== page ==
IDEAS home Printed from
MyIDEAS: Log in (now much improved!) to save this article

The Willingness to Pay for Renewable Energy Sources: The Case of Italy with Socio-demographic Determinants

Listed author(s):
  • Carlo Andrea Bollino

According to the Renewable Sources EU Directive 2001/77/CE, the Italian Government goal is to attain the share of 22% in RES electricity production in 2010. In such context it becomes crucial to explore the existence of consumer's Willingness to Pay (WTP) in order to use renewable energy in the electricity production. This study is based on a national survey with 1601 interviews made, in Italy, in November 2006. My aim is twofold. Firstly, I wish to assess the consumer's WTP which is the basis for market sustainability of such energy policy goal and, secondly, I evaluate the share of the necessary public support to RES policy which is covered by the aggregate WTP of Italians. This is an implicit assessment of the plausibility/acceptance of the announced target policy. In my survey framework I obtain the consumer's WTP with two different approaches and to this end the sample has been divided in two parts. In the first sub-sample I propose the full price vector with a downward elicitation format while in the second sub-sample I use the same price vector with an upward elicitation format. In this paper I focus on the different uncertainty degree that affects respondent's choices. I take care econometrically of this issue using an individual stochastic valuation approach and a referendum approach. I obtain for most of the estimated models that estimates of WTP are in agreement with other international results. The aggregate WTP for RES in Italy, however, is (still) not enough to attain the Italian Government goal in 2010.

If you experience problems downloading a file, check if you have the proper application to view it first. In case of further problems read the IDEAS help page. Note that these files are not on the IDEAS site. Please be patient as the files may be large.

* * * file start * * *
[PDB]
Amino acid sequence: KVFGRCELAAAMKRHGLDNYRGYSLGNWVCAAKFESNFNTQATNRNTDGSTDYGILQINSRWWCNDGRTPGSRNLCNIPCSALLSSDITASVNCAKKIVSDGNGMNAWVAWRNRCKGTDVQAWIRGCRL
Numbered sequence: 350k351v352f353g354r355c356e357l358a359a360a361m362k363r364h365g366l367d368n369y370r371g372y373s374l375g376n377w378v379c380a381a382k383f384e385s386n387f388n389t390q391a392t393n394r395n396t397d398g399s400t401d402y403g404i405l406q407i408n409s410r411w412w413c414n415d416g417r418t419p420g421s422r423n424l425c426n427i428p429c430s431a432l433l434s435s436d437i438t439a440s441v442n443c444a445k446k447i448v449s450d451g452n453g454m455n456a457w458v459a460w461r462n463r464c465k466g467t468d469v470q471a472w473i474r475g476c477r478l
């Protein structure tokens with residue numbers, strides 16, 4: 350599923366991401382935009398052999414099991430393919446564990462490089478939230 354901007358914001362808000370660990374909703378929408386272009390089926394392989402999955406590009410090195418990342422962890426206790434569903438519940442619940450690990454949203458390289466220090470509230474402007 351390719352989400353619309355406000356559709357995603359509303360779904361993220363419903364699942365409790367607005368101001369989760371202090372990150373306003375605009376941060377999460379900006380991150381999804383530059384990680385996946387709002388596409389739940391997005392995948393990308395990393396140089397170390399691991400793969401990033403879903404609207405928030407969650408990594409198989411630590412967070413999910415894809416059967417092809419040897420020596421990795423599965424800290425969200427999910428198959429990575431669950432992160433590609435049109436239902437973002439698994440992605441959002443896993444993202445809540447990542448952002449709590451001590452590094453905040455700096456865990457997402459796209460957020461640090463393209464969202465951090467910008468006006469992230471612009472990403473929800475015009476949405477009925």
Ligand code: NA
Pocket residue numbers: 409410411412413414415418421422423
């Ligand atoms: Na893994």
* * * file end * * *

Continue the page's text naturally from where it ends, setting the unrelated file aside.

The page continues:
File URL:
Download Restriction: Access to full text is restricted to IAEE members and subscribers.

As the access to this document is restricted, you may want to look for a different version under "Related research" (further below) or search for a different version of it.

Article provided by International Association for Energy Economics in its journal The Energy Journal.

Volume (Year): Volume 30 (2009)
Issue (Month): Number 2 ()
Pages: 81-96

in new window

Handle: RePEc:aen:journl:2009v30-02-a04
Contact details of provider: Postal:
28790 Chagrin Blvd Ste 350, Cleveland, OH 44122, USA

Phone: 216-464-5365
Fax: 216-464-2737
Web page:

More information through EDIRC

Order Information: Web:

No references listed on IDEAS
You can help add them by filling out this form.

This item is not listed on Wikipedia, on a reading list or among the top items on IDEAS.

When requesting a correction, please mention this item's handle: RePEc:aen:journl:2009v30-02-a04. See general information about how to correct material in RePEc.

For technical questions regarding this item, or to correct its authors, title, abstract, bibliographic or download information, contact: (David Williams)

If you have authored this item and are not yet registered with RePEc, we encourage you to do it here. This allows to link your profile to this item. It also allows you to accept potential citations to this item that we are uncertain about.

If references are entirely missing, you can add them using this form.

If the full references list an item that is present in RePEc, but the system did not link to it, you can help with this form.

If you know of missing items citing this one, you can help us creating those links by adding the relevant references in the same way as above, for each refering item. If you are a registered author of this item, you may also want to check the "citations" tab in your profile, as there may be some citations waiting for confirmation.

Please note that corrections may take a couple of weeks to filter through the various RePEc services.

This information is provided to you by IDEAS at the Research Division of the Federal Reserve Bank of St. Louis using RePEc data.